According to Business Week, "Leaders in Congress began the session talking like big spenders; now they are talking about cutting Eisenhower's budget."

Senator Proxmire, who had been steadfastly in favor of bigger spending programs, changed his mind and voted for the balanced budget. One Congressman after another shifted his vote. And the budget was balanced.

Unfortunately, however, it was the last real balanced budget of the century.

The Greatest Trade Deficits of All Time

From that point forward, America's fiscal balance began to deteriorate. They might diminish in good times. But not enough to cover the gaping holes in bad times.

Moreover, in subsequent decades, America's trade balance also began to turn sour. Trade surpluses diminished. Small trade deficits appeared. Then larger ones.

Years went by, and nothing was done to reverse the trend. The U.S. dug itself into a deeper and deeper deficit hole.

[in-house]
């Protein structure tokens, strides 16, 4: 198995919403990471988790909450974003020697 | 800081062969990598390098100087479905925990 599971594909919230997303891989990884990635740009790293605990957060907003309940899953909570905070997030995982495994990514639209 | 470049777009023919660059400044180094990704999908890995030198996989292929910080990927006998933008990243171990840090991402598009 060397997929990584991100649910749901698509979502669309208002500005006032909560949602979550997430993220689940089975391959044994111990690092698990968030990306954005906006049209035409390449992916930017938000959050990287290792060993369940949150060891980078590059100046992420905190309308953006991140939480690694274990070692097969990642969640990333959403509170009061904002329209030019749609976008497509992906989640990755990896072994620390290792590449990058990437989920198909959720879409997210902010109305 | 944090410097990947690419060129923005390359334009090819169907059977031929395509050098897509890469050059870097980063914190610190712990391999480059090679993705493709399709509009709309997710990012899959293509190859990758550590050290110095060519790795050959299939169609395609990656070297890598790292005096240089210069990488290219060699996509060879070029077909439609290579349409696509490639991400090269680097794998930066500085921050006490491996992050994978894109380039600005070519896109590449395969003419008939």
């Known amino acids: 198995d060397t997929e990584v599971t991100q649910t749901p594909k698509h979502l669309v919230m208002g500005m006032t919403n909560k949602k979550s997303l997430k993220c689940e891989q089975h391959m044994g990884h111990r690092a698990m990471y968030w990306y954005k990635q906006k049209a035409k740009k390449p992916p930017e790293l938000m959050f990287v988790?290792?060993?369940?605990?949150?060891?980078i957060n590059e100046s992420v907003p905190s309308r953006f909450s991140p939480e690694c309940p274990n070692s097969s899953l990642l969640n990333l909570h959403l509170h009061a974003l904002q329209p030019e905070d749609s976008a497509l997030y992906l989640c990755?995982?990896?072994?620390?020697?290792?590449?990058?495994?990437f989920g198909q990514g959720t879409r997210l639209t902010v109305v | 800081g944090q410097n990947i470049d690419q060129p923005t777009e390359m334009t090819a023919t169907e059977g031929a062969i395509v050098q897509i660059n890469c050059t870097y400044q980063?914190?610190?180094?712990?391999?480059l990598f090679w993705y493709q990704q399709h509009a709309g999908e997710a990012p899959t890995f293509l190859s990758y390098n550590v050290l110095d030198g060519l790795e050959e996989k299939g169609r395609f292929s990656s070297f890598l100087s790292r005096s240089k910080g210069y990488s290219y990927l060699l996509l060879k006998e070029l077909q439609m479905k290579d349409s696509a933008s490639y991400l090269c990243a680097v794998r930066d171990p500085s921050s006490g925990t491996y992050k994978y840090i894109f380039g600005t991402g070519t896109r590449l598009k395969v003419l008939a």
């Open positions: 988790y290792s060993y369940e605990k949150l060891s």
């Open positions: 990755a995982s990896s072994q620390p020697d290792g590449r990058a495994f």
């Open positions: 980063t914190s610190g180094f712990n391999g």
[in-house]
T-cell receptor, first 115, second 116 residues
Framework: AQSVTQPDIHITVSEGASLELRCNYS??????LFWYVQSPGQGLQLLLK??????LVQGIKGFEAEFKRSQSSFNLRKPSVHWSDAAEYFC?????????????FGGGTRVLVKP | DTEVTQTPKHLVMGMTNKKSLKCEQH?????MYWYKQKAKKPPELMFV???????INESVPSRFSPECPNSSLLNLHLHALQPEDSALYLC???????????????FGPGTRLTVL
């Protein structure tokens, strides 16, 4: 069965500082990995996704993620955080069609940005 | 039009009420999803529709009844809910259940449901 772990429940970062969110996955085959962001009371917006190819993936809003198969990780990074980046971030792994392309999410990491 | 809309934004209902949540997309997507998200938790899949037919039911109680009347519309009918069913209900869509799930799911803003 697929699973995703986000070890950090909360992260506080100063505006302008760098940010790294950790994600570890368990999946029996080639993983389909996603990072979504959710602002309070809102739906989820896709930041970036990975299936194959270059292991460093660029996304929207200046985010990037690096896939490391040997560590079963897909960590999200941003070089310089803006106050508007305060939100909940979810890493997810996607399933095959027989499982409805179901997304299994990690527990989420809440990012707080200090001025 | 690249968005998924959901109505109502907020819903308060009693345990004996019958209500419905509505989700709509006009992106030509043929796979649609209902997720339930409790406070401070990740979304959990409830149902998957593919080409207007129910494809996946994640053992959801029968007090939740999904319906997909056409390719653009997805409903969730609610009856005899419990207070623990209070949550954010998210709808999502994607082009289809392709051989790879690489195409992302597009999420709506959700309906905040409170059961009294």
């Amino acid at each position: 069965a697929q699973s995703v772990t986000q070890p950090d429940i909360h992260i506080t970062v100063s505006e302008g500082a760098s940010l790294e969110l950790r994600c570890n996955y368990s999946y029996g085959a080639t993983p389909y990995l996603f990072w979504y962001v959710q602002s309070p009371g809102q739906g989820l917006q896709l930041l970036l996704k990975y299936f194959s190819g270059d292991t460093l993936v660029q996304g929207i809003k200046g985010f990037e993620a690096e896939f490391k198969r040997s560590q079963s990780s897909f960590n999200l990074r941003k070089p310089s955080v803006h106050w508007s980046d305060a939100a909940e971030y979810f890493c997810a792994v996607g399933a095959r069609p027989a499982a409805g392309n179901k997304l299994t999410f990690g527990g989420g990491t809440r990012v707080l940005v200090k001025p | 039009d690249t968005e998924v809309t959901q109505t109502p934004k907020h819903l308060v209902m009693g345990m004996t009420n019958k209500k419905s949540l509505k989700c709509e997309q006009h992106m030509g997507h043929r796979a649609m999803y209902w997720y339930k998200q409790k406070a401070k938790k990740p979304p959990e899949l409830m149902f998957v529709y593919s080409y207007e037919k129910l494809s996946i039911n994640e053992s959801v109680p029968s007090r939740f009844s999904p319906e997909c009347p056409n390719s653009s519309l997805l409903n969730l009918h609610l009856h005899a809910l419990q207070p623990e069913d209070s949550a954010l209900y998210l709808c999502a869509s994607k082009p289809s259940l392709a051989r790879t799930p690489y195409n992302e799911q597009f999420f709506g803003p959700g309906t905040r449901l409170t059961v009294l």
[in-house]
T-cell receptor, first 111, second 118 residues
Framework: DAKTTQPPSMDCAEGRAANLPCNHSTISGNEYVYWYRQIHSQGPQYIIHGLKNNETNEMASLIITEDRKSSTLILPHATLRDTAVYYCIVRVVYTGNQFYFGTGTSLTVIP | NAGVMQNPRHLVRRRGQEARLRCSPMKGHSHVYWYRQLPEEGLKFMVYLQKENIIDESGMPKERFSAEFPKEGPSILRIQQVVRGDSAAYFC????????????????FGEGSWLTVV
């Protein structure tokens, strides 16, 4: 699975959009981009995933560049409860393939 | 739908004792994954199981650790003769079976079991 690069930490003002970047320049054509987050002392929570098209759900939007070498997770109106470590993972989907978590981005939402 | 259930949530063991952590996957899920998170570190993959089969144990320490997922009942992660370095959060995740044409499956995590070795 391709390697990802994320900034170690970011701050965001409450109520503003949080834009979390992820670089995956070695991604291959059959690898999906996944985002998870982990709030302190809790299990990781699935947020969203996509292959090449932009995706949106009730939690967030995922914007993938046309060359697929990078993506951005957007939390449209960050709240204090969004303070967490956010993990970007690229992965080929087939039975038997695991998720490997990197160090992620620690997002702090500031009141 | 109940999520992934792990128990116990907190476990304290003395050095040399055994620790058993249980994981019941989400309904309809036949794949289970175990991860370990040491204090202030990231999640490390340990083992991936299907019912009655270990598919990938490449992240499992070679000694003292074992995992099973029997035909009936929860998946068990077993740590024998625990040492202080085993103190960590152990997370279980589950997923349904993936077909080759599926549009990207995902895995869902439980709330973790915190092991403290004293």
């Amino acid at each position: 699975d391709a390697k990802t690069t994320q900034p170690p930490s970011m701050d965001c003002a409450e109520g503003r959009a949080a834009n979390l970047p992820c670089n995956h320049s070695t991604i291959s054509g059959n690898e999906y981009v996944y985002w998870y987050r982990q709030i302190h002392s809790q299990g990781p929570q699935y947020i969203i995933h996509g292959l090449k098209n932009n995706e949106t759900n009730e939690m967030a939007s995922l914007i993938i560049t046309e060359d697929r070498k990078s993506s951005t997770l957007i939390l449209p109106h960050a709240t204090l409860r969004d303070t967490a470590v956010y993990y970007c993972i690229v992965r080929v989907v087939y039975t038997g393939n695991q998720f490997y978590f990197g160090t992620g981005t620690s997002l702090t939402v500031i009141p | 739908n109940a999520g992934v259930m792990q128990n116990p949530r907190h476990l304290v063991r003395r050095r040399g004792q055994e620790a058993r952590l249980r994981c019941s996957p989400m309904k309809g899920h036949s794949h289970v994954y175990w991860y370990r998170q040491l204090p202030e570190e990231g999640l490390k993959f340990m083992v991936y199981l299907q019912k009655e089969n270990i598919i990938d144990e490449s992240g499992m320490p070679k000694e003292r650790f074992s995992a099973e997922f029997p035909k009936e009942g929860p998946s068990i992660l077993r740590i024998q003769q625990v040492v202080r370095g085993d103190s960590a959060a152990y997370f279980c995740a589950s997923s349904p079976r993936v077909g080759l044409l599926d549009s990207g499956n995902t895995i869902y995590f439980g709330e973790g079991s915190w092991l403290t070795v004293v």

And now, here we are looking at close to $800 billion in red ink per year, the biggest trade deficit of any country at any time in history.

Worse, after so many years of nonstop red ink, we also have the biggest pile-up of debt; we owe more money to foreign central banks and foreign investors than any other country on Earth.

Our economic and technological leadership is faltering and shifting to faster growing economies overseas. Our jobs are also leaving. And behind it all, our dollar is now falling almost everywhere, even against currencies that, until recently, were among the weakest in the world.

What I've Done So Far

I have very mixed emotions about this decline.

As an American who loves his country, I have dreaded this outcome since the first day I began helping Dad to prevent it four decades ago. And on this Memorial Day, I wish I could remember more battles for the dollar that were won than the battles that were lost.